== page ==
Candlelight Web Design
Today is
Coupons for local retailers
Live Traffic Cams
Interactive Map
Photo Gallery
Unique Gifts


Businesses on
the Shore

Community Org.
Youth Org...

Trip Planner
Day Trips
Weekend Outings

Marine Forecast
Fishing Report

Calendar of Events
Home Page

Frederick Douglass
(February 14, 1818 - February 20, 1895)

  Frederick Douglass was an American abolitionist, editor, orator, author, statesman and reformer. Called "The Sage of Anacostia" and "The Lion of Anacostia," Douglass was one of the most prominent figures of African American history during his time, and one of the most influential lecturers and authors in American history.

Early life

Frederick Augustus Washington Bailey, who later became known as Frederick Douglass, was born a slave in Talbot County, Maryland near Hillsboro. He was separated from his mother, Harriet Bailey, when he was still an infant. She died when Douglass was about seven years old. The identity of Douglass' father is obscure; Douglass originally stated that his father was a white man, perhaps his master, Captain Aaron Anthony, but later said that he knew nothing of his father's identity. When Anthony died, Douglass was given to Mrs. Lucretia Auld, wife of Captain Thomas Auld; the young man was sent to Baltimore to serve the Captain's brother, Hugh Auld. When Douglass was about twelve, Hugh Auld's wife, Sophia, broke the law by teaching Douglass some letters of the alphabet. Thereafter, as detailed in his Narrative of the Life of Frederick Douglass, an American Slave (published in 1845), Douglass succeeded in learning to read from white children in the neighborhood in which he lived, and by observation of writings of the men with whom he worked. Douglass later referred to the lessons he received from Sophia Auld in his first abolitionist speech.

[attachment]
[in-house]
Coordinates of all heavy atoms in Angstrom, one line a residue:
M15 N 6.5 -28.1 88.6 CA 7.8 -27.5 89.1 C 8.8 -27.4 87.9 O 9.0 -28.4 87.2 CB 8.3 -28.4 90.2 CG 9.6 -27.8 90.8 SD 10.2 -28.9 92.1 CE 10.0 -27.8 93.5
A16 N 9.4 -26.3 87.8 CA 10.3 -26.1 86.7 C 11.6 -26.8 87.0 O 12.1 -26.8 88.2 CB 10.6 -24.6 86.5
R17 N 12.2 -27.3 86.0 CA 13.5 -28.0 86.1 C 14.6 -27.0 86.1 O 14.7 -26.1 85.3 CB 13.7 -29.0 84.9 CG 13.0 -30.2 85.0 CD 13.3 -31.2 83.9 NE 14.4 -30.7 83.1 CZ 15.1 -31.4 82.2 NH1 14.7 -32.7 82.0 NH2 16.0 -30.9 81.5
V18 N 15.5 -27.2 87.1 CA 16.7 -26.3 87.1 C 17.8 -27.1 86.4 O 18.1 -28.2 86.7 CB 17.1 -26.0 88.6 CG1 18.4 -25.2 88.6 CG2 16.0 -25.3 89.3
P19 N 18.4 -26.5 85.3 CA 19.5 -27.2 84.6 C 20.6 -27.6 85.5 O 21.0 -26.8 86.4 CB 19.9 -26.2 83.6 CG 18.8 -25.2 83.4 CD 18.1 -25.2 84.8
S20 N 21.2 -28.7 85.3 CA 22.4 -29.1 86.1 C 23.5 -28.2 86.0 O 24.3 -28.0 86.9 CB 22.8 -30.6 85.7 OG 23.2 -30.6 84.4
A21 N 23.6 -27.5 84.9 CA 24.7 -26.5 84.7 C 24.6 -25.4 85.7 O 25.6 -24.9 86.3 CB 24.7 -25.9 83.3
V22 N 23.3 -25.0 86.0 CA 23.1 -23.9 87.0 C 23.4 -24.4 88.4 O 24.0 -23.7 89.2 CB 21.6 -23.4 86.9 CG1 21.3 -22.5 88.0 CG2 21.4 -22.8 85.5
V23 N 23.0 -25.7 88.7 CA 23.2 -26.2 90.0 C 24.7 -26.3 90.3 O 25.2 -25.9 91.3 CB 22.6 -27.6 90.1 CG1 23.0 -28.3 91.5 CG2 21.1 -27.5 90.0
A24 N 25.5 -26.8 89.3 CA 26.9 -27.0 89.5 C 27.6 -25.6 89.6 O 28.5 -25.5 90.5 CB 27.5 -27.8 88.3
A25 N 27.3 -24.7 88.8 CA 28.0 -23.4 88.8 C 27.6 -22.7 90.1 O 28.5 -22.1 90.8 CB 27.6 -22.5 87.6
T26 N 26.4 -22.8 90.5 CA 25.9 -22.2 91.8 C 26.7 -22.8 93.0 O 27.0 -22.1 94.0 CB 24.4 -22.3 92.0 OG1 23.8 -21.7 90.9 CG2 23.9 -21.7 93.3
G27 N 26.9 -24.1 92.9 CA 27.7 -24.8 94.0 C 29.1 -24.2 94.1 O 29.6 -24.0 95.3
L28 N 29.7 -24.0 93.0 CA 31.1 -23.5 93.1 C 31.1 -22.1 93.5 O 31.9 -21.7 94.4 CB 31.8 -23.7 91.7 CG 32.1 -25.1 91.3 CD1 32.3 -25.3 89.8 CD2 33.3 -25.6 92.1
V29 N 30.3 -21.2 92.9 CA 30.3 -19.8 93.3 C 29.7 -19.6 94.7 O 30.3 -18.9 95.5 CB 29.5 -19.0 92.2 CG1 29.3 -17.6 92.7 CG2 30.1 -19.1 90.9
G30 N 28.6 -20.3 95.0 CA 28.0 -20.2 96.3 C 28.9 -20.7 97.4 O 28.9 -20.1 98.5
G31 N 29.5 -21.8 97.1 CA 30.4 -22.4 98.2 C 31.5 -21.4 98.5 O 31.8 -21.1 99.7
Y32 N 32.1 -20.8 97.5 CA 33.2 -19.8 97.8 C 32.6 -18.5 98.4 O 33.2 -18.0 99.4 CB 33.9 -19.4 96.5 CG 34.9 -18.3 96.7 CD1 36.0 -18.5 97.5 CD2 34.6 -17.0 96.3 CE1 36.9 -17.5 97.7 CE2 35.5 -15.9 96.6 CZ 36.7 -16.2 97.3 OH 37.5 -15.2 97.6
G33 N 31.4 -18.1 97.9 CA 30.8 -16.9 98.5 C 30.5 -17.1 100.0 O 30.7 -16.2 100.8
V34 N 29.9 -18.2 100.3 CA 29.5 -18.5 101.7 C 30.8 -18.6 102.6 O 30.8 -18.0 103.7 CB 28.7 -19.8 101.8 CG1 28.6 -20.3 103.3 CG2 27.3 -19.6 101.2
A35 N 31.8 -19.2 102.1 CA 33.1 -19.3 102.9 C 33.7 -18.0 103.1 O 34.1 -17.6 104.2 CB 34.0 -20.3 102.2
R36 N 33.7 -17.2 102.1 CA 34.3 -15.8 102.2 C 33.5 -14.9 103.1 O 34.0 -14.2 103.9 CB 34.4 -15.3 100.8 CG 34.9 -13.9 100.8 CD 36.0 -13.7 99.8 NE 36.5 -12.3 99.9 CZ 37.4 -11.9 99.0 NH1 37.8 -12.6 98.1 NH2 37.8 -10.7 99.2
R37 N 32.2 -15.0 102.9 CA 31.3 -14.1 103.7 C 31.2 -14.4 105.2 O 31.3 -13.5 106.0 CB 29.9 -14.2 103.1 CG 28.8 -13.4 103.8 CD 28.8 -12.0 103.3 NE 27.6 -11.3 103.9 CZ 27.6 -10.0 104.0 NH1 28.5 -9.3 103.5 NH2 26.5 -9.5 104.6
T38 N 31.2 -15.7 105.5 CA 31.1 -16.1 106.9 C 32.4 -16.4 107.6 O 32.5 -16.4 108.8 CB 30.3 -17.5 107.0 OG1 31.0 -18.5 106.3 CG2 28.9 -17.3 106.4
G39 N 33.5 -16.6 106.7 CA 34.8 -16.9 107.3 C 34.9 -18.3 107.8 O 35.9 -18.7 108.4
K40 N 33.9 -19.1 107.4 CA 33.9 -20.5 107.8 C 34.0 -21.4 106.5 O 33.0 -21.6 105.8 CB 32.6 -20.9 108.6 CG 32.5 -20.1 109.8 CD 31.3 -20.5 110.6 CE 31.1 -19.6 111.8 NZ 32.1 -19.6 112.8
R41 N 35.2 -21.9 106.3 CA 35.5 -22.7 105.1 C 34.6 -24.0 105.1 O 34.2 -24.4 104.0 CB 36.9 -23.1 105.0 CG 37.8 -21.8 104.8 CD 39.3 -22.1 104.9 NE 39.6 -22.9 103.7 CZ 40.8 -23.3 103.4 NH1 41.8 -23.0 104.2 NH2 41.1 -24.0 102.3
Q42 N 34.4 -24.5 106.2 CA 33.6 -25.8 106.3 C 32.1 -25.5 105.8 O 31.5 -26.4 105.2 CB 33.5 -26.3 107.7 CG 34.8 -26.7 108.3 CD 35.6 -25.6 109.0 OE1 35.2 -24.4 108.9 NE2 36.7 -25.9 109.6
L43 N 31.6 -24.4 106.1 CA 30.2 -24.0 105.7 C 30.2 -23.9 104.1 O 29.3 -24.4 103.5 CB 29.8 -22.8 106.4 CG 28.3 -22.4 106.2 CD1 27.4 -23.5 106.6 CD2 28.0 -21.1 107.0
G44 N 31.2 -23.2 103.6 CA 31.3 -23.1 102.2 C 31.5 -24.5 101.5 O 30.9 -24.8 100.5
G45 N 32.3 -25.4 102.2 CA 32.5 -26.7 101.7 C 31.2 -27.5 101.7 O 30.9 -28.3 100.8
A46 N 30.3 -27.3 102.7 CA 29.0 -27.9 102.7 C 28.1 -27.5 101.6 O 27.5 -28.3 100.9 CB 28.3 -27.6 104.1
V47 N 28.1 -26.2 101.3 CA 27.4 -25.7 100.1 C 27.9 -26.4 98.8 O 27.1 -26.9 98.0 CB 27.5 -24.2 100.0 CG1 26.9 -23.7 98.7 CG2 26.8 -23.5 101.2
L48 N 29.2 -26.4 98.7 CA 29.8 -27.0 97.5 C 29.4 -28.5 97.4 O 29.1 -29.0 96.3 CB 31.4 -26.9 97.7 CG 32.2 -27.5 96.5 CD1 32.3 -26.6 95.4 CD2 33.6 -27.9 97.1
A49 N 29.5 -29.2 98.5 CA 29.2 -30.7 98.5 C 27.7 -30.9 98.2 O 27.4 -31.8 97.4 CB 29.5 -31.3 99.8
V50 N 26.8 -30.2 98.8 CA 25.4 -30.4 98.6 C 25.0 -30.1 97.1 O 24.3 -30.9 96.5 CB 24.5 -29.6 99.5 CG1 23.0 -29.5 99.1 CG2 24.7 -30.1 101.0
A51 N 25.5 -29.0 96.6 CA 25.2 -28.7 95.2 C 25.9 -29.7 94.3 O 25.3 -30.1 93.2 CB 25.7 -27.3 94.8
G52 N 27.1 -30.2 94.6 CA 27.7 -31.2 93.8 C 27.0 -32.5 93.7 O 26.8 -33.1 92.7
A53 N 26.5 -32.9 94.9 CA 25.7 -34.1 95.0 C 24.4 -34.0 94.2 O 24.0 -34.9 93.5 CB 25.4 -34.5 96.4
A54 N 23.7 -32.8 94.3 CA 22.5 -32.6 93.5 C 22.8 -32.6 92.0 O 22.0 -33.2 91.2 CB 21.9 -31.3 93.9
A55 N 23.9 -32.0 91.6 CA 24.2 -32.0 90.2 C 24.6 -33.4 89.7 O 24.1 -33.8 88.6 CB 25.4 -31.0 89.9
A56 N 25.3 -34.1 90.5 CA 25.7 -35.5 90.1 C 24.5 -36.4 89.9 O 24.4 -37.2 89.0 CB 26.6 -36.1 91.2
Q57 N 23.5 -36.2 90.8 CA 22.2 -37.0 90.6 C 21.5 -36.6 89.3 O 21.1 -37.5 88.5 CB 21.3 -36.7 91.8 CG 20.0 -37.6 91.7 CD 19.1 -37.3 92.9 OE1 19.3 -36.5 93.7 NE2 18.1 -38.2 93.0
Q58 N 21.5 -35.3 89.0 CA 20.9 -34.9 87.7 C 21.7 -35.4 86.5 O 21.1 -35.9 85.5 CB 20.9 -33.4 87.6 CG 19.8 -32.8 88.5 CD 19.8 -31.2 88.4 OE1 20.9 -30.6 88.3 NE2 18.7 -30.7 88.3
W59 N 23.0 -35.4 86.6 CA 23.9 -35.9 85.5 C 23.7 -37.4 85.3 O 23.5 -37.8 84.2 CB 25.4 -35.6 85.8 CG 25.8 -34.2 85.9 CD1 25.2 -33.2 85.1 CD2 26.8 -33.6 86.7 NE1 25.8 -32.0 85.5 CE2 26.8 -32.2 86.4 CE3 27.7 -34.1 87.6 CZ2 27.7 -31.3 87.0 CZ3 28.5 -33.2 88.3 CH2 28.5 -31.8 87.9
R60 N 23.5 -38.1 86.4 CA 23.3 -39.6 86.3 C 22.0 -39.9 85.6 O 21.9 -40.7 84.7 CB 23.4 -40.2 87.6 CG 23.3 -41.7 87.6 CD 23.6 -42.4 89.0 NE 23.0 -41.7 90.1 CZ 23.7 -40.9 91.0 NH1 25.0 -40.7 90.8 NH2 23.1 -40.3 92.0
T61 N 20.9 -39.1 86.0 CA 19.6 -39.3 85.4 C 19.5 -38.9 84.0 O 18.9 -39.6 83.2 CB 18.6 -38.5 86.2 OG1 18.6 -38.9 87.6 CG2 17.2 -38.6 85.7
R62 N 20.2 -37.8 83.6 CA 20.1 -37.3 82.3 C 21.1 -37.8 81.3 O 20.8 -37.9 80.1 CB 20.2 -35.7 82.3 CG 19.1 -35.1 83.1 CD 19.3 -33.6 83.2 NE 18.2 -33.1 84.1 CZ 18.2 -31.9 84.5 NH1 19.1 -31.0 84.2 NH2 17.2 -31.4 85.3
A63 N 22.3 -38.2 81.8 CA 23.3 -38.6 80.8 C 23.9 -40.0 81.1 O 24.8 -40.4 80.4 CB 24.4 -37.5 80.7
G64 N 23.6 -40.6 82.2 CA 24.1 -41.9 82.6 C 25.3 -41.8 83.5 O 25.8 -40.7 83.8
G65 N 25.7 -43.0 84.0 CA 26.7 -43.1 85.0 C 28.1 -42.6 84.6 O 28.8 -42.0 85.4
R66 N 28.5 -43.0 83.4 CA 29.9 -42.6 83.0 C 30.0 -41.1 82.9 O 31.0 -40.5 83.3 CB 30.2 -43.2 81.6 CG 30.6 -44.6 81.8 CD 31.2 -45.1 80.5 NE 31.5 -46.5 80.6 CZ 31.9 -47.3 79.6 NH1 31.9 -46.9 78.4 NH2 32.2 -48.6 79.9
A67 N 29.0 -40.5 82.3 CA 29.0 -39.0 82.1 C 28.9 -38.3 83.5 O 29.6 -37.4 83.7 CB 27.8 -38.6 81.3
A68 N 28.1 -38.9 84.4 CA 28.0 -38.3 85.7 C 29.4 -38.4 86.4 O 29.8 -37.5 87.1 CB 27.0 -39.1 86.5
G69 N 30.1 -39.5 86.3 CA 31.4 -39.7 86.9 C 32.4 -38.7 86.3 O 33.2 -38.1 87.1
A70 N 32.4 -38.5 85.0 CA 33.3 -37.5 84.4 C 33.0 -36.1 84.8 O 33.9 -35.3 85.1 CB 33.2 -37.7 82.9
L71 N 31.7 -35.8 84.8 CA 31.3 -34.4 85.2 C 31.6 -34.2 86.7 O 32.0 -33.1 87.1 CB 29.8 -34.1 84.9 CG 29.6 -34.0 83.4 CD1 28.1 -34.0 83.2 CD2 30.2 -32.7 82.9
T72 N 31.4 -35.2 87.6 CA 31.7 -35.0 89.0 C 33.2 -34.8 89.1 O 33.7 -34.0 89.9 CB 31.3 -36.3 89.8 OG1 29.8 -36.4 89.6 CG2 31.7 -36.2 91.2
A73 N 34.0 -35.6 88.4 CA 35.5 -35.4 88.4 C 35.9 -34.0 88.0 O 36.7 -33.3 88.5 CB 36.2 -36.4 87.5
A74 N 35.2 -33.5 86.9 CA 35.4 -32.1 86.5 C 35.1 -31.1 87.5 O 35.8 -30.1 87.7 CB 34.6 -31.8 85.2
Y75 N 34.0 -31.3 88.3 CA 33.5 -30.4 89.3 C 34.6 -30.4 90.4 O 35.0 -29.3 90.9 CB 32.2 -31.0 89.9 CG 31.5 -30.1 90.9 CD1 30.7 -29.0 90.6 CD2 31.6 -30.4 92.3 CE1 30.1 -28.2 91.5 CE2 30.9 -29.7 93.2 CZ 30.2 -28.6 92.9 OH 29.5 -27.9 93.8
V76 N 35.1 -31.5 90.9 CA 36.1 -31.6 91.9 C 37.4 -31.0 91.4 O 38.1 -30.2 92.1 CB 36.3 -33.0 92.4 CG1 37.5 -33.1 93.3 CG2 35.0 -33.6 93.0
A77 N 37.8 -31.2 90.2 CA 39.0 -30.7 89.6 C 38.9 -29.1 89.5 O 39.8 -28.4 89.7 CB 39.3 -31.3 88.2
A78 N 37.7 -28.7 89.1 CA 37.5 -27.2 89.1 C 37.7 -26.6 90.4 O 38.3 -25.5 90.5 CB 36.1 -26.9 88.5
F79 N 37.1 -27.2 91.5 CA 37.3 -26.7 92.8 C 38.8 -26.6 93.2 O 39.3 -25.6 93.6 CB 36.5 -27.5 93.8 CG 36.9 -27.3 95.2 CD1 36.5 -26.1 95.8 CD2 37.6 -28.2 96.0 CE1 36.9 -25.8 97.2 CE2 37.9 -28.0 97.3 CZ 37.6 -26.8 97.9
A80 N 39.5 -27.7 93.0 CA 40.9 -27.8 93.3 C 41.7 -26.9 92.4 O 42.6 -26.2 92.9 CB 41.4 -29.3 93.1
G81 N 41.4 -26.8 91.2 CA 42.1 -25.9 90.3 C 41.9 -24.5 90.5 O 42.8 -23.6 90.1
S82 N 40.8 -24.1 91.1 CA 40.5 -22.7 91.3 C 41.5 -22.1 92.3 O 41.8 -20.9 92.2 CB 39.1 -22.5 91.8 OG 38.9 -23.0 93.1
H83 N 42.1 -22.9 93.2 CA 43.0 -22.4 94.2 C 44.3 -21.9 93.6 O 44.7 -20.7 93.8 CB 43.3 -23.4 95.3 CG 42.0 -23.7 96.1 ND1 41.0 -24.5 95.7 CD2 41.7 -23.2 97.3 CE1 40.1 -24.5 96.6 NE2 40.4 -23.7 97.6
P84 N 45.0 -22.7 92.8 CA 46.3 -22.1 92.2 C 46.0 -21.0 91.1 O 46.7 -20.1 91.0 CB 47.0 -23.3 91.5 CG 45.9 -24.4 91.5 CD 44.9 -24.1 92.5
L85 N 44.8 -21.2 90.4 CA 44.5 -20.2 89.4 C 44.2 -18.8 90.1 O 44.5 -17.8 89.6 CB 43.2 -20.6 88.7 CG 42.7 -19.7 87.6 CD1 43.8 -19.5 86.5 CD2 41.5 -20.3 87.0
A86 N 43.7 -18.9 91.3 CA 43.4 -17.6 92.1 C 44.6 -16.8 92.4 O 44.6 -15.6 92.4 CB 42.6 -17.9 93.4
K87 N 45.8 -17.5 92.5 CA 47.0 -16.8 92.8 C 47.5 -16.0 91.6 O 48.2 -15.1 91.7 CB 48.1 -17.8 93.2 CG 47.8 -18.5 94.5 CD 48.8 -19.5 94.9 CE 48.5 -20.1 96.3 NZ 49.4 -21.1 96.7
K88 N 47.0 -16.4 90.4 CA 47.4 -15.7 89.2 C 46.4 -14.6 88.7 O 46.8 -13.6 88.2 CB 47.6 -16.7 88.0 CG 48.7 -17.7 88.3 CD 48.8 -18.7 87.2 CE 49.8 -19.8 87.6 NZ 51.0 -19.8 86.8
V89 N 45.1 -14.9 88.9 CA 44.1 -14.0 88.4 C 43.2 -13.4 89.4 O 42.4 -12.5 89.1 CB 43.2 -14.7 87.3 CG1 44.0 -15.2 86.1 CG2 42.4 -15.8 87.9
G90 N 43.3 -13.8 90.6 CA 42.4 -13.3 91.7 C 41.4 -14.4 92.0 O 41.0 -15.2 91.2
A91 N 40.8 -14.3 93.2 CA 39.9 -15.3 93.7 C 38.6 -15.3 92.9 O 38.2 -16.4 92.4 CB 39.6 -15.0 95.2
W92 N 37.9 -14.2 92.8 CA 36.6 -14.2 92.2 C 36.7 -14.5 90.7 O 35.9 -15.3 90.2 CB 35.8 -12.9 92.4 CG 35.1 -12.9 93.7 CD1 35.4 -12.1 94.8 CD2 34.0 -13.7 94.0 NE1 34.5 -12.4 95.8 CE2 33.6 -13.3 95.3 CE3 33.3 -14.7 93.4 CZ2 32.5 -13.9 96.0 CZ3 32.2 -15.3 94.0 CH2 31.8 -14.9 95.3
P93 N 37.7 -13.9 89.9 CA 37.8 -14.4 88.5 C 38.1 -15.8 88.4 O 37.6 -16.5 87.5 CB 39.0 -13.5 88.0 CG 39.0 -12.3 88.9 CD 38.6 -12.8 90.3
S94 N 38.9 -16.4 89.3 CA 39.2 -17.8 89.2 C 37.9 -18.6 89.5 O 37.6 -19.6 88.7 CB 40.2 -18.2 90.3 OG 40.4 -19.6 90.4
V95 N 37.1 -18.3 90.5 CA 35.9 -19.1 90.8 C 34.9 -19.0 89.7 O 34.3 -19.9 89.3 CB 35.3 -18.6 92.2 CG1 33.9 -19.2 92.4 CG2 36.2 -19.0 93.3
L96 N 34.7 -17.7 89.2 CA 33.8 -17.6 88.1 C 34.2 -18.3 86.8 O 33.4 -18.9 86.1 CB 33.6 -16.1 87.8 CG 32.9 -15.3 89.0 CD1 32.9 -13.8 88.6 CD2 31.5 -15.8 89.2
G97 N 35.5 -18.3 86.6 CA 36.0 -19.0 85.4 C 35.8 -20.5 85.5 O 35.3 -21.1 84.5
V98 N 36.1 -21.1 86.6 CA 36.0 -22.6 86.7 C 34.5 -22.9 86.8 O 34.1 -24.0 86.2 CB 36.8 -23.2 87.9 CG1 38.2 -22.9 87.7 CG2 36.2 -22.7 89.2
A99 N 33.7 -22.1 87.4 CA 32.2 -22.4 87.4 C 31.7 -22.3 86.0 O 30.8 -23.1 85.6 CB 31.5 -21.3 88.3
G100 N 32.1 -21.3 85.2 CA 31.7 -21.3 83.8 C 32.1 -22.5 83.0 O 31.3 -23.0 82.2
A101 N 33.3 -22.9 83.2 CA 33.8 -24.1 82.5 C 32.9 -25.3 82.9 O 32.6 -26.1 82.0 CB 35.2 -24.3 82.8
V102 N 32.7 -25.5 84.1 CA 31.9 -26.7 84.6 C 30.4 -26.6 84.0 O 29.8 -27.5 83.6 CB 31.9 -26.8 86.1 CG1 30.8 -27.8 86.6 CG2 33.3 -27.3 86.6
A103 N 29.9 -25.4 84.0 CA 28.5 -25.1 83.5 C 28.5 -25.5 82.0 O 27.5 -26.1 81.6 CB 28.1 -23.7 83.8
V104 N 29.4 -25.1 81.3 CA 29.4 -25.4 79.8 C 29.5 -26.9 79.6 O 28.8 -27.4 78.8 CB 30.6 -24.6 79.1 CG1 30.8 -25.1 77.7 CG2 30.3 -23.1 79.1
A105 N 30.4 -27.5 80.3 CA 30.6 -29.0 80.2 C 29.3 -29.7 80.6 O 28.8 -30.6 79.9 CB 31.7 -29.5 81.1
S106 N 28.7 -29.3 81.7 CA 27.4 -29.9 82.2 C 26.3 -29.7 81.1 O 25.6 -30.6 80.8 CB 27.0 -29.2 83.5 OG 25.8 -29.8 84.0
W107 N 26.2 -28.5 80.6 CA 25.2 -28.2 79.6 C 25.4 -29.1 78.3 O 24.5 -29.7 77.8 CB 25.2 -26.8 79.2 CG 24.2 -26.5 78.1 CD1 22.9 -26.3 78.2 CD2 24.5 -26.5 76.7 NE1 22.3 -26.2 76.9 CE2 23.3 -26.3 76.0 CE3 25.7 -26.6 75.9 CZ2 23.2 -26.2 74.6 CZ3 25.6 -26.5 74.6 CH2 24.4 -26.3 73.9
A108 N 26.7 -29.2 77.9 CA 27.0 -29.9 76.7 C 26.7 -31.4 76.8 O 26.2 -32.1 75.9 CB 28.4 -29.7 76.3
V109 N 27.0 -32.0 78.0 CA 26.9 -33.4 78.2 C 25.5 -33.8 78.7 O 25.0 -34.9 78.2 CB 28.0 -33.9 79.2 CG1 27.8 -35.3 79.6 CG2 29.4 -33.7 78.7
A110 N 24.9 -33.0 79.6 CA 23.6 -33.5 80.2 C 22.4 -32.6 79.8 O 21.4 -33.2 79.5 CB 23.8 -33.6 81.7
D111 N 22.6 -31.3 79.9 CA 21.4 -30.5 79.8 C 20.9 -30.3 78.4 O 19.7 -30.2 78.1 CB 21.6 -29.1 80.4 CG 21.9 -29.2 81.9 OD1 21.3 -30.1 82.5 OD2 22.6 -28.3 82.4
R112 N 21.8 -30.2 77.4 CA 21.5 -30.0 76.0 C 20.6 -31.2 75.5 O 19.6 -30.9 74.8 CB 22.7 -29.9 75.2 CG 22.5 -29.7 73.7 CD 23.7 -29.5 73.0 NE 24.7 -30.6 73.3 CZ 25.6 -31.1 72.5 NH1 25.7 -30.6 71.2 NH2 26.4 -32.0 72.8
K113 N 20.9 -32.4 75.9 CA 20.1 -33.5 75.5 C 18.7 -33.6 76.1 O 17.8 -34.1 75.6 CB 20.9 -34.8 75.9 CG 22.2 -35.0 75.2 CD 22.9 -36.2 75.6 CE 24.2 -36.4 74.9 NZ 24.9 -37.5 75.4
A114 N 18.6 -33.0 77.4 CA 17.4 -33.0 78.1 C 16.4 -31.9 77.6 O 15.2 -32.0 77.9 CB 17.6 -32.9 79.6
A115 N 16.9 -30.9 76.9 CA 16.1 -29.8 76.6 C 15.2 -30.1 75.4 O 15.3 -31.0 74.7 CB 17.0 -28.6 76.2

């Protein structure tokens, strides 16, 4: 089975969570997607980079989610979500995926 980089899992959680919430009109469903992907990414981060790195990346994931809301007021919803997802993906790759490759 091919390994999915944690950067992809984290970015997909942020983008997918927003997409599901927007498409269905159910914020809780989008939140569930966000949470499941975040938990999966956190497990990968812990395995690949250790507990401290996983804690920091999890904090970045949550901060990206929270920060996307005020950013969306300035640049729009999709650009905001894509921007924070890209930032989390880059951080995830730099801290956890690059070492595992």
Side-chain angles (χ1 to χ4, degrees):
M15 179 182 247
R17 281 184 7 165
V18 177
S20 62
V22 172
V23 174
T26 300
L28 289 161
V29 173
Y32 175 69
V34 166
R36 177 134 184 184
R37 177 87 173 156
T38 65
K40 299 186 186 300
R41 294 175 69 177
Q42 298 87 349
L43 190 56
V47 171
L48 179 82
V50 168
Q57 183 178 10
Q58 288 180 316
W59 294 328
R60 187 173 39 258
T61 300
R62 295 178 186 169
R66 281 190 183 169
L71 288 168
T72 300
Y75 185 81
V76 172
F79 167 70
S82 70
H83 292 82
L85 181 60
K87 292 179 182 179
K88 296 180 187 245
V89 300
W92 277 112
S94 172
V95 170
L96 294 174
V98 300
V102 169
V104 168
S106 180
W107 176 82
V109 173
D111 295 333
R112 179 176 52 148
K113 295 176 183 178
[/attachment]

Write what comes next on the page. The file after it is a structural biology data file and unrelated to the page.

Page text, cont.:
In 1837, Douglass met Anna Murray, a free African-American, in Baltimore while he was still held in slavery. They were married soon after he obtained his freedom; Douglass escaped slavery on September 3, 1838 boarding a train to Havre de Grace, Maryland dressed in a sailor's uniform and carrying identification papers provided by a free black seaman. After crossing the Susquehanna River by ferry boat at Havre de Grace, Douglass continued by train to Wilmington, Delaware. From there Douglass went by steamboat to "Quaker City"-Philadelphia, Pennsylvania. His escape to freedom eventually led him to New York, the entire journey taking less than twenty-four hours.


Abolitionist Activities

Douglass joined various organizations in New Bedford, Massachusetts, including a black church, and regularly attended Abolitionist meetings. He subscribed to William Lloyd Garrison's weekly journal, The Liberator, and in 1841, he heard Garrison speak at the Bristol Anti-Slavery Society's annual meeting. Douglass was inspired by Garrison, later stating, "no face and form ever impressed me with such sentiments (the hatred of slavery) as did those of William Lloyd Garrison." Garrison was likewise impressed with Douglass, and mentioned him in the 'Liberator'.

Several days later, Douglass gave his first speech at the Massachusetts Anti-Slavery Society's annual convention in Nantucket. Twenty-three years old at the time, Douglass later said that his legs were shaking. He conquered his nervousness and gave an eloquent speech about his life as a slave.

In 1843, Douglass participated in the American Anti-Slavery Society's Hundred Conventions project, a six month tour of meeting halls throughout the east and middle west of the United States. He participated in the Seneca Falls Convention, the birthplace of the American feminist movement, and was a signatory of its Declaration of Sentiments.

Douglass later became the publisher of a series of newspapers: North Star, Frederick Douglass Weekly, Frederick Douglass' Paper, Douglass' Monthly and New National Era. The motto of The North Star was "Right is of no sex--Truth is of no color--God is the Father of us all, and we are all Brethren".